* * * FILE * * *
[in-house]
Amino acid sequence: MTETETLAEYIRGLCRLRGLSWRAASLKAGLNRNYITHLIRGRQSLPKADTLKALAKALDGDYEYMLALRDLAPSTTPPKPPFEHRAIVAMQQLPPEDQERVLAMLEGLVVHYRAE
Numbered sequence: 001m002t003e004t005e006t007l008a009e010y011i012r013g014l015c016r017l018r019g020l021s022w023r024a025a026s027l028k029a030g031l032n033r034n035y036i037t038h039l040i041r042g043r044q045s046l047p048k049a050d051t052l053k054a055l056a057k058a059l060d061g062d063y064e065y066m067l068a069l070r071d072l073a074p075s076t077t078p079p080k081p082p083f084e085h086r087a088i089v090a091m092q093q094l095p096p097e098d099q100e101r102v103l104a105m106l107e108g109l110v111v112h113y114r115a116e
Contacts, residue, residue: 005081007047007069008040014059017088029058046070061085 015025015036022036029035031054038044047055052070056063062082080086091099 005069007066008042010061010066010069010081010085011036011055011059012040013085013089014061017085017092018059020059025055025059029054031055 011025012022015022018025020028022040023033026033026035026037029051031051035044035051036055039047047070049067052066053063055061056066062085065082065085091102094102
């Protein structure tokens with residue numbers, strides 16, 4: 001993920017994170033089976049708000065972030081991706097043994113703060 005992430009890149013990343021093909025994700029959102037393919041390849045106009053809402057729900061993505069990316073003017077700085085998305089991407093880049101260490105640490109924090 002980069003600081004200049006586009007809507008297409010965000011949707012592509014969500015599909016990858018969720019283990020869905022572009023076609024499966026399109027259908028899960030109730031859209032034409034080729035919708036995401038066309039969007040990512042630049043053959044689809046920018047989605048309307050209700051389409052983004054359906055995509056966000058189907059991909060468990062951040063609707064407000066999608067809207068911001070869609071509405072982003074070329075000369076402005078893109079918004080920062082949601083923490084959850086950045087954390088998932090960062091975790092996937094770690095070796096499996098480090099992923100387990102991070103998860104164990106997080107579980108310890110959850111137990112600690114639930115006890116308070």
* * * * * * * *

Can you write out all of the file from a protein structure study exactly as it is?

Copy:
[in-house]
Amino acid sequence: MTETETLAEYIRGLCRLRGLSWRAASLKAGLNRNYITHLIRGRQSLPKADTLKALAKALDGDYEYMLALRDLAPSTTPPKPPFEHRAIVAMQQLPPEDQERVLAMLEGLVVHYRAE
Numbered sequence: 001m002t003e004t005e006t007l008a009e010y011i012r013g014l015c016r017l018r019g020l021s022w023r024a025a026s027l028k029a030g031l032n033r034n035y036i037t038h039l040i041r042g043r044q045s046l047p048k049a050d051t052l053k054a055l056a057k058a059l060d061g062d063y064e065y066m067l068a069l070r071d072l073a074p075s076t077t078p079p080k081p082p083f084e085h086r087a088i089v090a091m092q093q094l095p096p097e098d099q100e101r102v103l104a105m106l107e108g109l110v111v112h113y114r115a116e
Contacts, residue, residue: 005081007047007069008040014059017088029058046070061085 015025015036022036029035031054038044047055052070056063062082080086091099 005069007066008042010061010066010069010081010085011036011055011059012040013085013089014061017085017092018059020059025055025059029054031055 011025012022015022018025020028022040023033026033026035026037029051031051035044035051036055039047047070049067052066053063055061056066062085065082065085091102094102
């Protein structure tokens with residue numbers, strides 16, 4: 001993920017994170033089976049708000065972030081991706097043994113703060 005992430009890149013990343021093909025994700029959102037393919041390849045106009053809402057729900061993505069990316073003017077700085085998305089991407093880049101260490105640490109924090 002980069003600081004200049006586009007809507008297409010965000011949707012592509014969500015599909016990858018969720019283990020869905022572009023076609024499966026399109027259908028899960030109730031859209032034409034080729035919708036995401038066309039969007040990512042630049043053959044689809046920018047989605048309307050209700051389409052983004054359906055995509056966000058189907059991909060468990062951040063609707064407000066999608067809207068911001070869609071509405072982003074070329075000369076402005078893109079918004080920062082949601083923490084959850086950045087954390088998932090960062091975790092996937094770690095070796096499996098480090099992923100387990102991070103998860104164990106997080107579980108310890110959850111137990112600690114639930115006890116308070």